In this article, I will share some knowledge about PDF structure, hoping it will be helpful for further developing software around PDF file formats. A PDF Document may contain many layered things, which means it has many layers of abstraction. But when you use PDF file from different perspectives, each with its own advantages and disadvantages. Checking from the PDF surface, PDF contains raw document data like others file documents. Then to COS Layer, which organizes data into a tree of simple objects. At the PD layer, these simple objects are put together to implement useful intermediate level structures like Fonts and Images. These are in turn organized into higher level constructs like Annotations and Pages. Some of these objects are also used to impose logical structure, like paragraphs and article threads. And there are more layers still.
When you need to change data on surface, simply use easily tool like VeryPDF PDF Editor, then you can change data. When you need to edit objects, maybe you need to use some more professional toolkit like Advanced PDF Tools SDK. Then let us check more detail clarifications.
PDF syntax is best understood by considering it as four parts:
- Objects. A PDF document is a data structure composed from a small set of basic types of data objects. Sub-clause 7.2, "Lexical Conventions," describes the character set used to write objects and other syntactic elements. Sub-clause 7.3, "Objects," describes the syntax and essential properties of the objects. Sub-clause 7.3.8, "Stream Objects," provides complete details of the most complex data type, the stream object.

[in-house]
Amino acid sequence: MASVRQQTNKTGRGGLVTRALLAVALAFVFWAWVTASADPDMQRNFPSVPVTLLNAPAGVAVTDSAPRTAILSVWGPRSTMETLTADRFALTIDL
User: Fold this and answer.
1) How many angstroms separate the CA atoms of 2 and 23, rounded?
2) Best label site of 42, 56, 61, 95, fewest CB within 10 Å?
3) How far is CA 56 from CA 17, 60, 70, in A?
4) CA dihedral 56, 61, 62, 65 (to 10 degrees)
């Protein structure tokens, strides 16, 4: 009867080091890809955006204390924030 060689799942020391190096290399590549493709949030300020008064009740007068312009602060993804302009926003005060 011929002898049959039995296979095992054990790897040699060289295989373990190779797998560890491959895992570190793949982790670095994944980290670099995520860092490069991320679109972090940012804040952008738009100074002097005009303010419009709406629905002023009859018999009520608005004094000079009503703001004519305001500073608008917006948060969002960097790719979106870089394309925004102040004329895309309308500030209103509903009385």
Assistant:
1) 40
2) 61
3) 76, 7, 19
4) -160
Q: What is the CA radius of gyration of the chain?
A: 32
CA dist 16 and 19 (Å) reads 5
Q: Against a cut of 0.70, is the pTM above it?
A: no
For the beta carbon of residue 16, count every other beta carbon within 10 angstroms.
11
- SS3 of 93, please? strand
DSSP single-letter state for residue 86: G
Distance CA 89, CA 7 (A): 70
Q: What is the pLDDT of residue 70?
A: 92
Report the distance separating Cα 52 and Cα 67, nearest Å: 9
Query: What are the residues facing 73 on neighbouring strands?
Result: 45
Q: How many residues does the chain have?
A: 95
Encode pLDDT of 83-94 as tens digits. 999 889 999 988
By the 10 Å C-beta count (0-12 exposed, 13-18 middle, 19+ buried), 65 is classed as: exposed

- File structure. The PDF file structure determines how objects are stored in a PDF file, how they are accessed, and how they are updated. This structure is independent of the semantics of the objects. Sub- clause 7.5, "File Structure," describes the file structure. Sub-clause 7.6, "Encryption," describes a file-level mechanism for protecting a document’s contents from unauthorized access.
- Document structure. The PDF document structure specifies how the basic object types are used to represent components of a PDF document: pages, fonts, annotations, and so forth. Sub-clause 7.7, "Document Structure," describes the overall document structure; later clauses address the detailed semantics of the components.
- Content streams. A PDF content stream contains a sequence of instructions describing the appearance of a page or other graphical entity. These instructions, while also represented as objects, are conceptually distinct from the objects that represent the document structure and are described separately. Sub-clause 7.8, "Content Streams and Resources," discusses PDF content streams and their associated resources.
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